I though this was a very well done video by YWAM Tokyo sharing their perspective of “Why Japan?” – why send missionaries to Japan???
I though this was a very well done video by YWAM Tokyo sharing their perspective of “Why Japan?” – why send missionaries to Japan???
1) Safe (and smooth for Paton!) travels to the Carolinas to visit friends and family.
2) Spiritual and emotional endurance as we have fun and say goodbye to friends and family in America.
3) That the Lord would provide what we need to get back to Japan by mid-April. We are just a few monthly supporters short from being able to return to Japan for this term.
So many praises we could offer for the amazing things God has done this past month. Thankful to have so many new partners in ministry to Japan!
But one of them, Caiaphas, who was high priest that year, said to them, “You know nothing at all. Nor do you understand that it is better for you that one man should die for the people, not that the whole nation should perish.” He did not say this of his own accord, but being high priest that year he prophesied that Jesus would die for the nation, and not for the nation only, but also to gather into one the children of God who are scattered abroad. (John 11:49-52, ESV)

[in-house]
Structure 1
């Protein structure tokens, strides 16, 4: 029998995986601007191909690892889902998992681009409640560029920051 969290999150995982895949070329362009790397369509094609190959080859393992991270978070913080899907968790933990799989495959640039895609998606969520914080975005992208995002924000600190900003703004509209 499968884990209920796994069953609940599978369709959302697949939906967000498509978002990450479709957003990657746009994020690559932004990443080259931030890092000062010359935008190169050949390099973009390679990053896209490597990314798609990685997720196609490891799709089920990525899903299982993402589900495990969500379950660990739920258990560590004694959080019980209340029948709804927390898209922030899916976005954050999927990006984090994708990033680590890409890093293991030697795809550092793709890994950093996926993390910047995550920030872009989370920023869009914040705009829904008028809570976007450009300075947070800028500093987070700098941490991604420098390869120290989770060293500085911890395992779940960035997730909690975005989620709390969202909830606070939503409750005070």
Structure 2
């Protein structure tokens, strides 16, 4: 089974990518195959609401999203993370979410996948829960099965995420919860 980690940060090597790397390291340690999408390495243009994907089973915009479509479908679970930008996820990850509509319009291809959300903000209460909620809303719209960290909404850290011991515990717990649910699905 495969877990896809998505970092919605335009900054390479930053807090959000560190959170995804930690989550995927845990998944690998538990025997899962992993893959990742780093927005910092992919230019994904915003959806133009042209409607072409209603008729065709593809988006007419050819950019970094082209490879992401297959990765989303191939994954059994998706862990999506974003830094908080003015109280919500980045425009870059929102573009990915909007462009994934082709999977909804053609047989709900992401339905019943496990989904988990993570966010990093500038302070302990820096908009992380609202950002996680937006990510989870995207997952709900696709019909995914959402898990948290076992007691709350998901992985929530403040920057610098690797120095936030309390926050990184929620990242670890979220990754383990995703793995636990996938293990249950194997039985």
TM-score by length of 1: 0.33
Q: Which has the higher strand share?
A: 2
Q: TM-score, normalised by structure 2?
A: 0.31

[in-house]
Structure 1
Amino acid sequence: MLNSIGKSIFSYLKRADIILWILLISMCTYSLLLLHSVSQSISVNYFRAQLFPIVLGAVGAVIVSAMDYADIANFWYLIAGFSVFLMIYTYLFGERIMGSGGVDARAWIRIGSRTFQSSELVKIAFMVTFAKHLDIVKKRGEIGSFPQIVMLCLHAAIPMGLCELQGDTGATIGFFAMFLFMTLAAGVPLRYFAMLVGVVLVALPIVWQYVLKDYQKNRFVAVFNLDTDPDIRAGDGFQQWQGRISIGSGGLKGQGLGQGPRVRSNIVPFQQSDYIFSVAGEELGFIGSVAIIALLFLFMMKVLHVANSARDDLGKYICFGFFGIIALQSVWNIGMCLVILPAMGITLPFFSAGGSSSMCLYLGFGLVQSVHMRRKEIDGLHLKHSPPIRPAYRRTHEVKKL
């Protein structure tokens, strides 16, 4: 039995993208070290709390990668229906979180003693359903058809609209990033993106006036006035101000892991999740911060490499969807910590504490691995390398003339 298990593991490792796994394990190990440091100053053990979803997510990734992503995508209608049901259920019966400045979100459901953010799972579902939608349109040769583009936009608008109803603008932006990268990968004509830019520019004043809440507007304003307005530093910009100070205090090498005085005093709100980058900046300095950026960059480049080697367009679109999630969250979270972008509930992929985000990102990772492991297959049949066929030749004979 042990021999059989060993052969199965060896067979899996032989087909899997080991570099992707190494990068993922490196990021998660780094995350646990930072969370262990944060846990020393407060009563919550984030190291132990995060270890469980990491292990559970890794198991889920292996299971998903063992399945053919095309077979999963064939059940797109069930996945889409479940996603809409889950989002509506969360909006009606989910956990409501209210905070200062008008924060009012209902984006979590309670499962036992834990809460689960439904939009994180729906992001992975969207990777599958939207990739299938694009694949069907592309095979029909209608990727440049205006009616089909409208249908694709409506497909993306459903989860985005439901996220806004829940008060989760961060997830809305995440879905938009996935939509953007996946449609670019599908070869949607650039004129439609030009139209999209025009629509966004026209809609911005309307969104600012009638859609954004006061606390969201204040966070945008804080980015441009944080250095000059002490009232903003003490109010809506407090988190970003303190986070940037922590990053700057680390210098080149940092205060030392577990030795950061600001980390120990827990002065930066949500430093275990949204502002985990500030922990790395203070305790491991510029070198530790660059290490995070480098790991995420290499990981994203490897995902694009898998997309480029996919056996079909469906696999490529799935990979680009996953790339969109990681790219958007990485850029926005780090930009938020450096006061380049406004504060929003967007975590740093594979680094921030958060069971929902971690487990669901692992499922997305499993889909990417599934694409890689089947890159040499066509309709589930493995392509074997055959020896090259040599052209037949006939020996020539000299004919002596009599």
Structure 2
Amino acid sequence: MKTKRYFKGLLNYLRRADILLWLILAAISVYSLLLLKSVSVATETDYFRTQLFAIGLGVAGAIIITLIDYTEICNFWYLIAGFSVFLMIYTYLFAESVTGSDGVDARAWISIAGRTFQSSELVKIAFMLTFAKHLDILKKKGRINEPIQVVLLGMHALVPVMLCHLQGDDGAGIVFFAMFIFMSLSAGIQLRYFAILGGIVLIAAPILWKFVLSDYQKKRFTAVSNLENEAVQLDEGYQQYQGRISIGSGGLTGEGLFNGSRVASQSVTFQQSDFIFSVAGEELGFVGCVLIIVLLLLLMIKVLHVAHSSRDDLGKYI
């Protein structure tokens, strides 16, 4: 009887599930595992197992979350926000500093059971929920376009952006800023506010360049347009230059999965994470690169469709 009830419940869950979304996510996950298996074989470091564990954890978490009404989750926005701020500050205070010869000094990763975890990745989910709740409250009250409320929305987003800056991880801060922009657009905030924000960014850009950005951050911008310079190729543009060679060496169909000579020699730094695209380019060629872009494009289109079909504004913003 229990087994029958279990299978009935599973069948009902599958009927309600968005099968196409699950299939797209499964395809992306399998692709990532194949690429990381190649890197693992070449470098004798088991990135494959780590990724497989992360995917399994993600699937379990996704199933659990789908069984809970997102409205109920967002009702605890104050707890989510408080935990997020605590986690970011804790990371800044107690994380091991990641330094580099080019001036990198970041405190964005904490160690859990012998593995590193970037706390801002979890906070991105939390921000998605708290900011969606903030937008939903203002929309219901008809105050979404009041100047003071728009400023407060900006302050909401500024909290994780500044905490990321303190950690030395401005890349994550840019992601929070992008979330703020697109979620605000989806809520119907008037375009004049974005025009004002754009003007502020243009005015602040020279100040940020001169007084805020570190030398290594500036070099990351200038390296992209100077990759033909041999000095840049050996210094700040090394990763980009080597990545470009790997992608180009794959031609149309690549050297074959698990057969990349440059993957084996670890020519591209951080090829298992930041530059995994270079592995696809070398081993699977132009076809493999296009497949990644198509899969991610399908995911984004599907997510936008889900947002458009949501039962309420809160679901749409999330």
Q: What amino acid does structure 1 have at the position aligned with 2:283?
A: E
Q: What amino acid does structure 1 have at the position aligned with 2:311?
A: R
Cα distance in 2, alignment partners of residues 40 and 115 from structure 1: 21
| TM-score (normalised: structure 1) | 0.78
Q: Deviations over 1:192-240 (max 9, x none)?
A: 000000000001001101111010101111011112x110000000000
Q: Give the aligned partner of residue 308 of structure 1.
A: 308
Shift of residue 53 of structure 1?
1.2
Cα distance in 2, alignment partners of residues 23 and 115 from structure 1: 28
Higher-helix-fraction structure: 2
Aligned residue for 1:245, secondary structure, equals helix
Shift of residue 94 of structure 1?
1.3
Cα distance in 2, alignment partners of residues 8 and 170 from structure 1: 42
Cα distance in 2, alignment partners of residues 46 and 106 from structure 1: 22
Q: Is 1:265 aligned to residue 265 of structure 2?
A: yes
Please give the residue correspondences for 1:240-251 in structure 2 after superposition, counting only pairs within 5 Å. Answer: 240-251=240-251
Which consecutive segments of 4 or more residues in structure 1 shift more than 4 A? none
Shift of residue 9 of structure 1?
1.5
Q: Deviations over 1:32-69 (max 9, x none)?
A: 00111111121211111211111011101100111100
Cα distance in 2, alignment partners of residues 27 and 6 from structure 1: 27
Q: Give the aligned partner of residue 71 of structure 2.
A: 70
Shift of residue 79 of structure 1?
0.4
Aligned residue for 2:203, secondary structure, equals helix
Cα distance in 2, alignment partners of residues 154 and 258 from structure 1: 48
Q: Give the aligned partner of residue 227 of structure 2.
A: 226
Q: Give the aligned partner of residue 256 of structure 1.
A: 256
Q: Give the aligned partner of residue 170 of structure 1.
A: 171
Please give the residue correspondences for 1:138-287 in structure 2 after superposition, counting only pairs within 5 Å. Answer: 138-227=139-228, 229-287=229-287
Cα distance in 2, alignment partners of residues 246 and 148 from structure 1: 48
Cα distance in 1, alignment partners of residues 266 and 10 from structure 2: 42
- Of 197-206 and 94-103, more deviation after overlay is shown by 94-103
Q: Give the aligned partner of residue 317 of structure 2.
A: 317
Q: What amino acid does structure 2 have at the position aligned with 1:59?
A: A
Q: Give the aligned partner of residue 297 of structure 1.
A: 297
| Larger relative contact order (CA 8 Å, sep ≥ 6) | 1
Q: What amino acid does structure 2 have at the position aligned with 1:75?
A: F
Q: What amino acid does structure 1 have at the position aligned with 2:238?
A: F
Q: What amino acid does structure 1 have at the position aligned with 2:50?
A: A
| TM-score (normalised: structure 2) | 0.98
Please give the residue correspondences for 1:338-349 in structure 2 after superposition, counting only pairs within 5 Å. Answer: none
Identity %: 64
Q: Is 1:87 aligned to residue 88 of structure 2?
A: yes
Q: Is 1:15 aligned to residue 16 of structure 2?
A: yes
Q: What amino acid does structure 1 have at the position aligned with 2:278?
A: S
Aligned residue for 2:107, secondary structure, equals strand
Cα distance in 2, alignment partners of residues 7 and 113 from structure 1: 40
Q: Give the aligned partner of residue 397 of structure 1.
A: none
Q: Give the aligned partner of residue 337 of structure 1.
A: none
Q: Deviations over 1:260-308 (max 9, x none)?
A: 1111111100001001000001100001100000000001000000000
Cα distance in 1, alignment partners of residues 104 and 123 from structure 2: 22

This passage has always been an intriguing one for me because it describes the way the Lord can speak prophetically even through those who would seek to destroy the cause of Christ, and that he would use their actions to actually further the cause of Christ in the World — for his glory and the blessing of his church.
This passage came to mind recently as I read this article commemorating the third anniversary of 3/11 — when Japan was hit with a triple disaster (any of which would have wiped out many countries altogether): a massive earthquake, followed by a devastating tidal wave, and a nuclear meltdown. Outside of Japan it is easy to forget this ever happened as Japan (true to form) seems currently unphased by the tragedy. However, inside of Japan the devastation is still quite present as are the ongoing threats caused by nuclear waste — the damaging effects of which will not be known for years to come — and future earthquakes (i.e. we’re due one in our region very soon)